Rockville Centre Diocese Close to Bankruptcy amid Clergy Sex Scandal

Patch [New York City NY]

April 29, 2024

By Jerry Barmash

A spokesperson for the diocese said it’s been a “long, difficult mediation with the goal of compensating survivors.”

The Diocese of Rockville Centre remains locked in negotiations as it attempts to have the bankruptcy case dismissed in the wake of the clergy sex abuse scandal, Newsday reports.

The standoff comes after 3 1/2 years and $100 million in legal fees connected to hundreds of survivors of childhood sexual abuse by priests, Newsday said.

In a statement provided by the diocese, they said it’s been a “long, difficult mediation with the goal of compensating survivors while allowing the Church to carry on its charitable and religious mission.”

The Diocese of Rockville Centre could become the first diocese in the nation to have its bankruptcy dismissed amid the sex abuse scandal.

“Currently, the Creditors are demanding an unrealistic amount of money that would cripple the Church and its ministries on Long Island,” a spokesperson for the diocese said.

It made the “highest offer in the history of diocesan bankruptcies for settlement, and the diocese said, “creditors have rejected it.”

James Stang, an attorney representing abuse survivors in the bankruptcy, said that the diocese’s failure to reach a deal was “unprecedented,” Reuters reported.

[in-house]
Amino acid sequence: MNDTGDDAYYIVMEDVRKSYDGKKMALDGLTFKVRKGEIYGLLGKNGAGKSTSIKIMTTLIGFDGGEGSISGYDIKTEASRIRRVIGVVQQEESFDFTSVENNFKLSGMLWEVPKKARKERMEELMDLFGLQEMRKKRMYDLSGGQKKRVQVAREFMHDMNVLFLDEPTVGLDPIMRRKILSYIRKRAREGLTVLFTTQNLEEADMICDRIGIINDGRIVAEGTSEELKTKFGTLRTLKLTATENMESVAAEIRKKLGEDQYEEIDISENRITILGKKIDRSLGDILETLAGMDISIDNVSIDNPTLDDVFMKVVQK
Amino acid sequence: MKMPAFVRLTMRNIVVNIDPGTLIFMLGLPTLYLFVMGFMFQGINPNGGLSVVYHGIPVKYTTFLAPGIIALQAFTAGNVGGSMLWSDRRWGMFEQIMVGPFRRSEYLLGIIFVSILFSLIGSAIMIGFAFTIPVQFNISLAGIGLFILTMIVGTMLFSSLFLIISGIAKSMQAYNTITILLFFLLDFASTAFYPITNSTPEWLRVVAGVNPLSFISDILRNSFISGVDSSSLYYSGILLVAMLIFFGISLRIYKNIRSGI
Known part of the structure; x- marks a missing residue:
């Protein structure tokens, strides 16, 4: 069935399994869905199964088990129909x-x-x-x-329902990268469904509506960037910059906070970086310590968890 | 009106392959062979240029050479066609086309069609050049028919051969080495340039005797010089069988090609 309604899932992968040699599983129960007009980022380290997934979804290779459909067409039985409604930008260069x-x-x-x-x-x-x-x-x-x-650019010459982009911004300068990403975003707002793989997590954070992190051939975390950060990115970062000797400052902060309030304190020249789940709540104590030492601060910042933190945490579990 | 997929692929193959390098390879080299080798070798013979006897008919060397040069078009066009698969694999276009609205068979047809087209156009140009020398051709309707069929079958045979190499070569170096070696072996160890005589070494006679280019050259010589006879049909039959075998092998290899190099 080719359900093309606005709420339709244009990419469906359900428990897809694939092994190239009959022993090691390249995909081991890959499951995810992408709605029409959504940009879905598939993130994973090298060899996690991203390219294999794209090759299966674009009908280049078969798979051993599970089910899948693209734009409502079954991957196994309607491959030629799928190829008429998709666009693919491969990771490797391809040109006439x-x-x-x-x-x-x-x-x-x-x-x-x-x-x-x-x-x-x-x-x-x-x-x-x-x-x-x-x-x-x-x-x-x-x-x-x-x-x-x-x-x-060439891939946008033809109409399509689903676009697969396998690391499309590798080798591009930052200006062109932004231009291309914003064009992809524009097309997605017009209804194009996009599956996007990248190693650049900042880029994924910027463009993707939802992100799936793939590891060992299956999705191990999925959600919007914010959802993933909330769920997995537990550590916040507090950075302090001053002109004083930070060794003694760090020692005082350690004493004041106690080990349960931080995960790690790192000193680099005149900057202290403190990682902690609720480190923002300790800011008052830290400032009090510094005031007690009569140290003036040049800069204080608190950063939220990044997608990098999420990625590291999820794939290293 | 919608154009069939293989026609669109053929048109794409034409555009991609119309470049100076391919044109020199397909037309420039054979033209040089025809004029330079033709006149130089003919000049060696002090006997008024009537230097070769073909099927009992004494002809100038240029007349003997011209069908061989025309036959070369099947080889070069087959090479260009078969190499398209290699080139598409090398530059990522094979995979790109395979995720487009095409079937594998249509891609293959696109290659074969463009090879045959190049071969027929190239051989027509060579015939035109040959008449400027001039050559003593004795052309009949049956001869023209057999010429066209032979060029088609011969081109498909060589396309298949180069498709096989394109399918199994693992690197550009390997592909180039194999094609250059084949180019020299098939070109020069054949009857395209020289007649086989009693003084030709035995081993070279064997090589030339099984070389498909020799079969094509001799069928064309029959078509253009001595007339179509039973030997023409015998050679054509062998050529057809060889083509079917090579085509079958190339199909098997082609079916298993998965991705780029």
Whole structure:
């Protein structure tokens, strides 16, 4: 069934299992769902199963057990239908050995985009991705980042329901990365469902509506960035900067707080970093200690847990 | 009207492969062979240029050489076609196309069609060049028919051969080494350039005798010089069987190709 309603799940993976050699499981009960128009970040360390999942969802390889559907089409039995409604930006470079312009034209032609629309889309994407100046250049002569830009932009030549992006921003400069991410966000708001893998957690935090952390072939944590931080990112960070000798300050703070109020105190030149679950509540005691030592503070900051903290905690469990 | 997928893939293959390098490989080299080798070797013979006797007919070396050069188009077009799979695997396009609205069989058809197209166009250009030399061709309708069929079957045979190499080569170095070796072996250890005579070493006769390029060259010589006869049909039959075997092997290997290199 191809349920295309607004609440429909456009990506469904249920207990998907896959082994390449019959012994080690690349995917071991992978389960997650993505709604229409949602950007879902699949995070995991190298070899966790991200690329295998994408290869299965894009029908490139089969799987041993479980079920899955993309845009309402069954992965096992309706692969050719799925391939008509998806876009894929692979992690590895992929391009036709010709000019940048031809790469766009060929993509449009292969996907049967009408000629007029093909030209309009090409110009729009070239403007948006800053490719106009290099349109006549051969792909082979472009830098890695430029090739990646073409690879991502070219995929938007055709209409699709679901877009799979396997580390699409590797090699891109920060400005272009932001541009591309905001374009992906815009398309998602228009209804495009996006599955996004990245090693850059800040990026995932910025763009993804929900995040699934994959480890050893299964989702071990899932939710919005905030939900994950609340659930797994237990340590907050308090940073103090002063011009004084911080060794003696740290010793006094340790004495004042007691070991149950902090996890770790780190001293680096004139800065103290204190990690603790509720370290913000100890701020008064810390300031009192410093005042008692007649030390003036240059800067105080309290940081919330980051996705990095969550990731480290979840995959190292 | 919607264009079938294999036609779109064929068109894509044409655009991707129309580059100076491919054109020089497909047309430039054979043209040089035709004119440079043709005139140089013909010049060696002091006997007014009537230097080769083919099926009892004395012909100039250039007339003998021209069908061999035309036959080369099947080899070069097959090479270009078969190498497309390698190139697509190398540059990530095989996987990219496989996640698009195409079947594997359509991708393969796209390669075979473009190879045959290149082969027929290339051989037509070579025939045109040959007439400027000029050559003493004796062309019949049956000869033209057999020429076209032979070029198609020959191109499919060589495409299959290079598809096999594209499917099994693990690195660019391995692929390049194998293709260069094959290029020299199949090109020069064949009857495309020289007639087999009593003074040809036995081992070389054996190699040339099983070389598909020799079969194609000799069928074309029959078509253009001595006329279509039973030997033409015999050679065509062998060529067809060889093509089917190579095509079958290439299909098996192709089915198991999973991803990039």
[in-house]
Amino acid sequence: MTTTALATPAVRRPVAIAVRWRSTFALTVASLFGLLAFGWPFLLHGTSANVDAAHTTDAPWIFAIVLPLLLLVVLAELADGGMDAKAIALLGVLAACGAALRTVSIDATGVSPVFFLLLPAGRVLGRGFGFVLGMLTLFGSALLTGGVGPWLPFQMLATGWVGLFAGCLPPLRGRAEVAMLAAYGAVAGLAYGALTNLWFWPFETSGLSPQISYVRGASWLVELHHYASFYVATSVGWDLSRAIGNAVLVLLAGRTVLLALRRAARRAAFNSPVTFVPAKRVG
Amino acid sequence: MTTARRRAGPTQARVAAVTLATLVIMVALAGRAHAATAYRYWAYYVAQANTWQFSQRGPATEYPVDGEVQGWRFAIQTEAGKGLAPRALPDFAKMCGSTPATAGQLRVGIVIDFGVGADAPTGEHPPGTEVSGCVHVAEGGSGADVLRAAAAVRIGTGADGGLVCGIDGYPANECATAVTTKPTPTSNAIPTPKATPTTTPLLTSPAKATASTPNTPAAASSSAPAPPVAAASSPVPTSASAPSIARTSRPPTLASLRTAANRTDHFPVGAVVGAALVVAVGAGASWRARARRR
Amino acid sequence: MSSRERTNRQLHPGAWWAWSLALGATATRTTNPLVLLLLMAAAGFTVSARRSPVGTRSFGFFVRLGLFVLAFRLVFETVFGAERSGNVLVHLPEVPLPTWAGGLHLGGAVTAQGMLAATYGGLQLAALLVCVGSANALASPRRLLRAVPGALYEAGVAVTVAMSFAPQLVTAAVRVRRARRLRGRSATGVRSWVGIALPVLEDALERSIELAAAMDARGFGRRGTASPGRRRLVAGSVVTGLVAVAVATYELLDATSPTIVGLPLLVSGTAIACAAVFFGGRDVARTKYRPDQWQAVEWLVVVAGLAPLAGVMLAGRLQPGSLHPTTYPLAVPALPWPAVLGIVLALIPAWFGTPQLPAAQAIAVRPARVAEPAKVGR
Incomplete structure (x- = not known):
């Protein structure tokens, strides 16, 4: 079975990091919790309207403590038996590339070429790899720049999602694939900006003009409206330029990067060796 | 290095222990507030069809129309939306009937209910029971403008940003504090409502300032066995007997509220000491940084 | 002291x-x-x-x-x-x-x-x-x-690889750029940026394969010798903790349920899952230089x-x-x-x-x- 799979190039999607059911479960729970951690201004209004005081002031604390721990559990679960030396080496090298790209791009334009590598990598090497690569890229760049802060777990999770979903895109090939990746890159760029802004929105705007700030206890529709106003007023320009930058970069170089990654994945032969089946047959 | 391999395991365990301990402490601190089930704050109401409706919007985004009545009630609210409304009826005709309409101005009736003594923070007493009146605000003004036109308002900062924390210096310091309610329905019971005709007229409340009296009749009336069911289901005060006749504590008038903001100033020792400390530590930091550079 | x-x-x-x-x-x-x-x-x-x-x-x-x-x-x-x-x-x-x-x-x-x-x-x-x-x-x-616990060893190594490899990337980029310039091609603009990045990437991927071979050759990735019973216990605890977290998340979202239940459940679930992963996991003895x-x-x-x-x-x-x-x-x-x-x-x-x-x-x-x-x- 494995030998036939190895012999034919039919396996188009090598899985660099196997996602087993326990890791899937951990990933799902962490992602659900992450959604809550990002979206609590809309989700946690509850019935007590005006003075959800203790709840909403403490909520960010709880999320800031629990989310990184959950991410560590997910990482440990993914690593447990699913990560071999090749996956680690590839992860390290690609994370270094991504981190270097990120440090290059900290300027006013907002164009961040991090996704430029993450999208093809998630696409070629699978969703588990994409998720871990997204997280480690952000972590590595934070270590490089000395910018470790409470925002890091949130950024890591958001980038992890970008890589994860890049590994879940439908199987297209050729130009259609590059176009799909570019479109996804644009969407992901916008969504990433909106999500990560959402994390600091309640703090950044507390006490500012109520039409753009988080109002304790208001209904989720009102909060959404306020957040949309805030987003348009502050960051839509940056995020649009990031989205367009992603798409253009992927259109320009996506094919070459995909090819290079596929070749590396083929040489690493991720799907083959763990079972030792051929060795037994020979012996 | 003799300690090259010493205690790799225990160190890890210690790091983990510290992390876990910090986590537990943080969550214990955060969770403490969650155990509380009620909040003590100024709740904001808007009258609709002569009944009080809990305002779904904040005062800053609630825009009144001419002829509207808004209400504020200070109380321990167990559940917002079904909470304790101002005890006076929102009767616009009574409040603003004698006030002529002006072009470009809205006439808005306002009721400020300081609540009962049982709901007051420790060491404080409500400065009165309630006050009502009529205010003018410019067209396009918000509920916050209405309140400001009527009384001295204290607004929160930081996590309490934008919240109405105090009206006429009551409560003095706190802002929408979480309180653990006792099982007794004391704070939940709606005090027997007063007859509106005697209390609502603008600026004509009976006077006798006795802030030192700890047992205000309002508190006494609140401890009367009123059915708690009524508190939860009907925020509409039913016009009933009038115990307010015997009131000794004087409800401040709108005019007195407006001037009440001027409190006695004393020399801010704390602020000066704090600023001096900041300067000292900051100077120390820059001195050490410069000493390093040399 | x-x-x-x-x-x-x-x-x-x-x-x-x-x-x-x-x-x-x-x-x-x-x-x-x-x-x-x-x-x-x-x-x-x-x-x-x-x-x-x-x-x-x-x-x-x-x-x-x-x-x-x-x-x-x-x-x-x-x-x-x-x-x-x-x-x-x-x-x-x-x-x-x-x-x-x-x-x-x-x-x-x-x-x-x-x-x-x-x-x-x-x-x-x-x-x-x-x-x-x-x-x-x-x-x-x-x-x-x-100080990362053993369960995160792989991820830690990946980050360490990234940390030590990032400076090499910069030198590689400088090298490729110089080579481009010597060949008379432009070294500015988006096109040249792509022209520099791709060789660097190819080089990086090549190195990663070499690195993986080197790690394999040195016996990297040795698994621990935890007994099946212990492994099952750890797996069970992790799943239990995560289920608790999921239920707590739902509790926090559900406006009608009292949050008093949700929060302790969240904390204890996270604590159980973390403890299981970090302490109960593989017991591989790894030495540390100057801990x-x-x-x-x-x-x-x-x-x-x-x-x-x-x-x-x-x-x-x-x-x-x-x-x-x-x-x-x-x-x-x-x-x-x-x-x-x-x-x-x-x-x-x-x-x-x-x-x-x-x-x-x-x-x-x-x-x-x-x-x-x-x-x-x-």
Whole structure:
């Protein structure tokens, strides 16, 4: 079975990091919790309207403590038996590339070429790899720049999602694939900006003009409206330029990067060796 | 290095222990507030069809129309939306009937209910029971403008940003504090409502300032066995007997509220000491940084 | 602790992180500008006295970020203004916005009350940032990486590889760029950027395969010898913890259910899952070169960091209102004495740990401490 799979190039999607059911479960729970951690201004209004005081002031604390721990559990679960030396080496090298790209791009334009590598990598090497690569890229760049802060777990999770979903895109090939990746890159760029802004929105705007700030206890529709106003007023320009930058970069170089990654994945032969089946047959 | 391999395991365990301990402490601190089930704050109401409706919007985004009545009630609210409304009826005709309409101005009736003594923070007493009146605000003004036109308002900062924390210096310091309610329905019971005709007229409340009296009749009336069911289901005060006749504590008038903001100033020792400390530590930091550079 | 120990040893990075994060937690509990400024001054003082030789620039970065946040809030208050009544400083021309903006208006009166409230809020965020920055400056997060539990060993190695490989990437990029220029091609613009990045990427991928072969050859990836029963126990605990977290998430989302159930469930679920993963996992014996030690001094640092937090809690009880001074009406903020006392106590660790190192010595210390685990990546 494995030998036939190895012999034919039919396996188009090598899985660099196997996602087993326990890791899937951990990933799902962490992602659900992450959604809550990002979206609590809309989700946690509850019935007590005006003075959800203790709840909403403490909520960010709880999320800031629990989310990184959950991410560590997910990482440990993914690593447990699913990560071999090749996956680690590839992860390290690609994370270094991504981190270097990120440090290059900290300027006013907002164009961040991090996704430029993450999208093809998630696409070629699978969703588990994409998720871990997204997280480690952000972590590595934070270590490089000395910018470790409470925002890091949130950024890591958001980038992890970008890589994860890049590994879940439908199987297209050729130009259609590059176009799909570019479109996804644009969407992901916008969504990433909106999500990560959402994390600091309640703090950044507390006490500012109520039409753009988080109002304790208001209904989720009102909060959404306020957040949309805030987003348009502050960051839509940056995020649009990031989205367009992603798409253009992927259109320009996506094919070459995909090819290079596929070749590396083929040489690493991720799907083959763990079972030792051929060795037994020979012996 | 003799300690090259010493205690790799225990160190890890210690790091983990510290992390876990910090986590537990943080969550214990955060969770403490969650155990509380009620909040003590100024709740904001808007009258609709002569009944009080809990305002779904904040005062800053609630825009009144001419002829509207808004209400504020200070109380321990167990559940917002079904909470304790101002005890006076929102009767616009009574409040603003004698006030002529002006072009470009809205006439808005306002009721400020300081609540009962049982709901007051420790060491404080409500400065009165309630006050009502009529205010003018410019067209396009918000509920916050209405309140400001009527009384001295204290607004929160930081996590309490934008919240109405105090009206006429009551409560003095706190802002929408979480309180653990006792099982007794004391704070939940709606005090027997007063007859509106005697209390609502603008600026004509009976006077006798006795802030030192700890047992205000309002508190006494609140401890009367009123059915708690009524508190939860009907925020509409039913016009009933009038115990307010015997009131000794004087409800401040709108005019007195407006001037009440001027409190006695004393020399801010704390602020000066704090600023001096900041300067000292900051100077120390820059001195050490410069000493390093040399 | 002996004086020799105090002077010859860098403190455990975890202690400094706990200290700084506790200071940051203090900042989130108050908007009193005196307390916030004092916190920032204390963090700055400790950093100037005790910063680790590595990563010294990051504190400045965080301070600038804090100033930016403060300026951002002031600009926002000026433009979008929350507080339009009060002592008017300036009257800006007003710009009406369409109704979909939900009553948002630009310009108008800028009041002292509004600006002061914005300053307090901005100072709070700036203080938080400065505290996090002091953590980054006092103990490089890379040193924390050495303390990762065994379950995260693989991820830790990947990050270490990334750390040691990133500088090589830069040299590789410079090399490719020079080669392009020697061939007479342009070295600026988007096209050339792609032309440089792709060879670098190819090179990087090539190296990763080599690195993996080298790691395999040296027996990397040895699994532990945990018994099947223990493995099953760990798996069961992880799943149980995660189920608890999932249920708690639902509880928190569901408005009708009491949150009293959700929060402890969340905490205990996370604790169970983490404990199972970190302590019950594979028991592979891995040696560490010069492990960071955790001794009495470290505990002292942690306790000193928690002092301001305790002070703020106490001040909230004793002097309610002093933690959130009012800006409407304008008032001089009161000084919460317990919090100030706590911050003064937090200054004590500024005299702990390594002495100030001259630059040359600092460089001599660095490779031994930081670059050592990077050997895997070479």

A major reason for the impasse, according to Newsday, the diocese offered $200 million, while attorneys for survivors seek $450 million.

“It is clear from the actions of the Creditors Committee that it will recklessly attempt to close parishes, schools and other charitable ministries on Long Island in blind pursuit of its scorched-earth litigation strategy,” the Diocese spokesperson said. “This will cripple the mission of the Church on Long Island, while forcing the Diocese to continue to pay the fees of the Creditors Committee’s lawyers and other professionals.”

The next step legally is expected at a court hearing on May 9.

If the bankruptcy is dismissed, survivors would be able to continue with their lawsuits against the diocese, Reuters said.

“Our goals are compensation for all survivors and carrying on the Church’s mission, not endlessly feeding attorney fees,” the diocese said.

“We think the parishes can afford to pay much more and still maintain their religious mission,” Stang told Reuters.